• Summary
  • Contents
  • Subject index

‘Very accessible - not too technical or jargon-ridden. The practical suggestions were useful too - if professionals feel inspired to promote change in their practice and policy it is helpful to have suggestions on where to start and what to do’ - Management in Education.

Few primary teachers have a chance to find out in detail what children have already learnt, and continue to learn, about literacy at home with their parents. This book gives a clear demonstration of literacy learning that takes place at home, and how it differs from, as well as relates to, literacy at school. It will help teachers to increase their understanding of this process and to build on their relationship with parents. Such understanding, the book shows, can directly enhance children's literacy performance in school.

Literacy at Home: Children Aged Seven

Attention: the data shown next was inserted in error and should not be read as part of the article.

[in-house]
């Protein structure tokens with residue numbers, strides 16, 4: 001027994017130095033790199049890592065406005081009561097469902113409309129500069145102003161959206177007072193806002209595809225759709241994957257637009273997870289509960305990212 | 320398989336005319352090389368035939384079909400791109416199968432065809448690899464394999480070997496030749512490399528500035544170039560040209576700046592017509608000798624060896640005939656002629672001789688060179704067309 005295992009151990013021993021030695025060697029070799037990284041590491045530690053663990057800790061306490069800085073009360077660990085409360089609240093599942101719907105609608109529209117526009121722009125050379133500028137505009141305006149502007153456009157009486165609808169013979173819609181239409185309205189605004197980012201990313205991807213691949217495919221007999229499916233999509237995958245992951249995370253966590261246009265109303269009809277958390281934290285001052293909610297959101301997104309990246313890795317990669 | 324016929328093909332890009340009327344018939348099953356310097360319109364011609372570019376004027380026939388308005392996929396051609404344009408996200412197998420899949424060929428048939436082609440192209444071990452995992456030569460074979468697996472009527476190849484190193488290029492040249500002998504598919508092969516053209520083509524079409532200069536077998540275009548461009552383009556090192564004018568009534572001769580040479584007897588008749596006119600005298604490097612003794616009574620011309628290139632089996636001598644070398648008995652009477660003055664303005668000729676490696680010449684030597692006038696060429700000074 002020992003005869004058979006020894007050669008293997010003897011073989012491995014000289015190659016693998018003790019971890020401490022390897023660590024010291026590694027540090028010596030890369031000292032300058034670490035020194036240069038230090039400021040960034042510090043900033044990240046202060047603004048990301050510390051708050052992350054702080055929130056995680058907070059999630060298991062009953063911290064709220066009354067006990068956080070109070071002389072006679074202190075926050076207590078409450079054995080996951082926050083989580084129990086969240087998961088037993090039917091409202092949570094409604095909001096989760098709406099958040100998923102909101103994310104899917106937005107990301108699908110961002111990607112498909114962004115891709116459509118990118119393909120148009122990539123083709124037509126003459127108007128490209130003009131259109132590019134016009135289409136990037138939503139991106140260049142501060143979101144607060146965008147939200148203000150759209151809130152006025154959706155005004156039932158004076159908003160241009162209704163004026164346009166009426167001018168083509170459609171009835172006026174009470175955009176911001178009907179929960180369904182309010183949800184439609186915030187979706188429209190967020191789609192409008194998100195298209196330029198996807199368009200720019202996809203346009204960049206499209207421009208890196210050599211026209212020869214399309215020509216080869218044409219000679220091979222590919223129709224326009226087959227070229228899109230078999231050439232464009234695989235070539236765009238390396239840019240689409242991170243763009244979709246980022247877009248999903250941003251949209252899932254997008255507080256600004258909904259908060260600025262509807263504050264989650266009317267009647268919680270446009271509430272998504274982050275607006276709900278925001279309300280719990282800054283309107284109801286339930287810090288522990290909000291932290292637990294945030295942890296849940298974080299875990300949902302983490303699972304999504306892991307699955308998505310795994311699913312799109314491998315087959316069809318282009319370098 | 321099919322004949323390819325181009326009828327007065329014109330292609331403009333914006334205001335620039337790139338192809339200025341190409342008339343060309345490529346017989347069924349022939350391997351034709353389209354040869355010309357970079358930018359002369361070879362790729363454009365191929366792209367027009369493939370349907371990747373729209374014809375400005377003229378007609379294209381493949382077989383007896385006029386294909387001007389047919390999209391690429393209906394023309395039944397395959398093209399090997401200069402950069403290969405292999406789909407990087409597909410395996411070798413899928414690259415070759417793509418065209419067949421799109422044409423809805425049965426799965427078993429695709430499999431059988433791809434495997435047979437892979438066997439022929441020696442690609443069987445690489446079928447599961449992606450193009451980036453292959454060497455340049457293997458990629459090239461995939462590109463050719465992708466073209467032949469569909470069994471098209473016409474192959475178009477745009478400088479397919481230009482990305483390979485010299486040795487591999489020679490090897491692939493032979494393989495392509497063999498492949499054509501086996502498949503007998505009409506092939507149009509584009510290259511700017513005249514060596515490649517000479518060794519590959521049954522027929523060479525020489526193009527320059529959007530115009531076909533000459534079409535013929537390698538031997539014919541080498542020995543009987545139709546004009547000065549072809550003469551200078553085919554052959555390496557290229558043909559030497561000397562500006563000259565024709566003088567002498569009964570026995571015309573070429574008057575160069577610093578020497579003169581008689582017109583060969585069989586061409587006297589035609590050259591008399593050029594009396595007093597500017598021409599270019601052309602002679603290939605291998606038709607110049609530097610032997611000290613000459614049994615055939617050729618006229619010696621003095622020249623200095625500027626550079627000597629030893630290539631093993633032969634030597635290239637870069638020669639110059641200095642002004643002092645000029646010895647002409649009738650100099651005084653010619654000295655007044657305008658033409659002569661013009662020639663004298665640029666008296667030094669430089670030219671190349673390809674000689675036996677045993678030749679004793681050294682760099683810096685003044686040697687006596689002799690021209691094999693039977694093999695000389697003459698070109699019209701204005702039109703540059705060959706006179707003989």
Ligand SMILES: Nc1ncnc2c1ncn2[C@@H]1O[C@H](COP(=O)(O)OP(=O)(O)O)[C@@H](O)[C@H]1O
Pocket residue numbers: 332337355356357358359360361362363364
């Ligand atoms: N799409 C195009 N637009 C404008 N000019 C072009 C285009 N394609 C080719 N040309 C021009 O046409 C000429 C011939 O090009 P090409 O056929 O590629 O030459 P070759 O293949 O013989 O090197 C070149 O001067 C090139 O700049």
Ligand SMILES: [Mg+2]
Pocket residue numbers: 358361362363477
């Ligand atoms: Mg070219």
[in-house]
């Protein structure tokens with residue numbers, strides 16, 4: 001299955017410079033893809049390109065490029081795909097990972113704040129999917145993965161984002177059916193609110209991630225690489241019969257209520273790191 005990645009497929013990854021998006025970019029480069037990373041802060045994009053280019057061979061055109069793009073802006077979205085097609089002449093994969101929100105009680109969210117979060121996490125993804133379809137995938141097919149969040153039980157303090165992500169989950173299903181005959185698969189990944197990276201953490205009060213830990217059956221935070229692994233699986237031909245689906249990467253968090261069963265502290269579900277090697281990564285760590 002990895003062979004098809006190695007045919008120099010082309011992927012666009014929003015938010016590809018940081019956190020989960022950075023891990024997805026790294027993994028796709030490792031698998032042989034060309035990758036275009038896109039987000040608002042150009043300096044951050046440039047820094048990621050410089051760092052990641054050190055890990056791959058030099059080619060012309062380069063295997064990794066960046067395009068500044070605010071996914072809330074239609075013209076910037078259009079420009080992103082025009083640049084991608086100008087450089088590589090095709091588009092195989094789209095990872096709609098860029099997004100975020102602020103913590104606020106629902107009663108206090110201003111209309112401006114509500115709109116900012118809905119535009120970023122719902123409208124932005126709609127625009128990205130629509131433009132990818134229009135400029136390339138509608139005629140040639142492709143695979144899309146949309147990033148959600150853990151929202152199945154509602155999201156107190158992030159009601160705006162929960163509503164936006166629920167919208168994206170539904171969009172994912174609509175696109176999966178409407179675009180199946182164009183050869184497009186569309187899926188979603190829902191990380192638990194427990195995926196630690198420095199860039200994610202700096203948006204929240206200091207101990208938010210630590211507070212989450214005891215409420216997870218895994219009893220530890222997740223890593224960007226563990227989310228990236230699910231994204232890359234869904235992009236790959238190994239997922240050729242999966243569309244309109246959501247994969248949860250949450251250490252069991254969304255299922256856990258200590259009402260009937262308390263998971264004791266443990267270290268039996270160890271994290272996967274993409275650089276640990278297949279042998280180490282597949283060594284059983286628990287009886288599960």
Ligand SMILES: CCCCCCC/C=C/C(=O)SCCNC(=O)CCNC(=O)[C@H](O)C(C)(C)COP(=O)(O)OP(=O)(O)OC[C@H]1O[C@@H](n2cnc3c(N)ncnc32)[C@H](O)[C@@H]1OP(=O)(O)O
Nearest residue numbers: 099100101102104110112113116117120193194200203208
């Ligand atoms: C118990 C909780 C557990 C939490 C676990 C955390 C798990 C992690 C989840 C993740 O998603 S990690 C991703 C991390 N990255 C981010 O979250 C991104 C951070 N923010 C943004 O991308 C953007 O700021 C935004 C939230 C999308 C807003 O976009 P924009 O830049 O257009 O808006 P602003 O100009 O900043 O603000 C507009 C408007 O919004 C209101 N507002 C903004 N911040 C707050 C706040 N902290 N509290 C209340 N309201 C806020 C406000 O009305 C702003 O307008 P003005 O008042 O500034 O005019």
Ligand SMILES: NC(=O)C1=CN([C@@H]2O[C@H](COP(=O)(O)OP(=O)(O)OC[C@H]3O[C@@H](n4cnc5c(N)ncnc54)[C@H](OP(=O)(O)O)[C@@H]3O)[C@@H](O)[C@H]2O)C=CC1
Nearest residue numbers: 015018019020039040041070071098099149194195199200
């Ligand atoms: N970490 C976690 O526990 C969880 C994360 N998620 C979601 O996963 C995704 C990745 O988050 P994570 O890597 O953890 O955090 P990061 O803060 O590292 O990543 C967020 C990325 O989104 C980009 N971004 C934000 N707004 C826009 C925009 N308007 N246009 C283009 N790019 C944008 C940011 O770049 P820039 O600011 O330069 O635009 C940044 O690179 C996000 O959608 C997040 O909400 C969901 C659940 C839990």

Literacy at home: Children aged seven

What changes in the course of four years growing up, and what remains similar? In the last chapter, through the parents' eyes, we saw what the children's homes were like as contexts for literacy learning for three-year-olds. In this chapter we look again at broadly the same issues, using the parents' observations to highlight in what ways homes provided a literacy learning context once these same children had reached the age of seven. By this stage of the Elmswood study there were forty-two children who had been part of the study for four years (see Appendix 2). There were now twenty-four boys and eighteen girls. Thirty-five children went to the school where they had ...

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